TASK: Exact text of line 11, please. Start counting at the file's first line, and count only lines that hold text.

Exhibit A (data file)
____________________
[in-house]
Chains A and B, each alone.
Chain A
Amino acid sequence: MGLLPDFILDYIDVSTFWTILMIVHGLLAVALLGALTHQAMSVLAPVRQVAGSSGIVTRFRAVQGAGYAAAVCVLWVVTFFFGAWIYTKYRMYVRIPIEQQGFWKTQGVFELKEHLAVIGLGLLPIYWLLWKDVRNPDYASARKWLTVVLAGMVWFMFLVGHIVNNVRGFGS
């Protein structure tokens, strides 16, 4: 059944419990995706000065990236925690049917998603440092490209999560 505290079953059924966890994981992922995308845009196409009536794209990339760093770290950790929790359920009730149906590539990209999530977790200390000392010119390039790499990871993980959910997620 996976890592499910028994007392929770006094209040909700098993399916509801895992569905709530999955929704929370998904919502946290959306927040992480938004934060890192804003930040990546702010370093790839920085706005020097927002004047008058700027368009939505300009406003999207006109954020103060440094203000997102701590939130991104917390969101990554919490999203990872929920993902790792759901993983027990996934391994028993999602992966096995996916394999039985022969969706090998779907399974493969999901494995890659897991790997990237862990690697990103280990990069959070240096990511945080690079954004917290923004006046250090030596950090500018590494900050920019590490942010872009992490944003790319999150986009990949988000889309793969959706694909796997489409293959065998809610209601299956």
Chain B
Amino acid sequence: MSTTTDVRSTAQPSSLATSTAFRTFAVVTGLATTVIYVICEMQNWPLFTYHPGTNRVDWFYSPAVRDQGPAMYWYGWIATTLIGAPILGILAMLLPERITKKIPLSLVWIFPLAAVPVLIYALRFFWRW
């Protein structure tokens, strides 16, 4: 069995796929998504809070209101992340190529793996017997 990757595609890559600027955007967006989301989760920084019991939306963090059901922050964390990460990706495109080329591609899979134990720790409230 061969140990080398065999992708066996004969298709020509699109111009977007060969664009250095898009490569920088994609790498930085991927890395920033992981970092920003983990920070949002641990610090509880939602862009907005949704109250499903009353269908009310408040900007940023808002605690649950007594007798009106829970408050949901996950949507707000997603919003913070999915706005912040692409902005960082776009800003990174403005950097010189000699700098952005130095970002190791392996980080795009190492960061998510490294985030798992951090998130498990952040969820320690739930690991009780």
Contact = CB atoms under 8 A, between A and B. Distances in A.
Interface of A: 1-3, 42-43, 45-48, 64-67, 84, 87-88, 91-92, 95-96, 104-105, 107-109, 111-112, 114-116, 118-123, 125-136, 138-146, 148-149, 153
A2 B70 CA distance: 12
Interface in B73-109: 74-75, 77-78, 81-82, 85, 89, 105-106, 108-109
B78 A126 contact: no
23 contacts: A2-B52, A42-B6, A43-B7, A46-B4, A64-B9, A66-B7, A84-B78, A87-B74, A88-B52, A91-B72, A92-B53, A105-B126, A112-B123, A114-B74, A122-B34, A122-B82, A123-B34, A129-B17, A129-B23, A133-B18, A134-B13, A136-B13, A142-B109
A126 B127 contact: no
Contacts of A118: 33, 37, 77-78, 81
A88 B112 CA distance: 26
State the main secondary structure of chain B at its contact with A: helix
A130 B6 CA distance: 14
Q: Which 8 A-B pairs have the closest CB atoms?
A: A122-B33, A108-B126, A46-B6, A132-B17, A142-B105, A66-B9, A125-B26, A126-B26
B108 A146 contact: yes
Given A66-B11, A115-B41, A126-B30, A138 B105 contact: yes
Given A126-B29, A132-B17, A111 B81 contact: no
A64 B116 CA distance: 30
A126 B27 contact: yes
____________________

A2 B70 CA distance: 12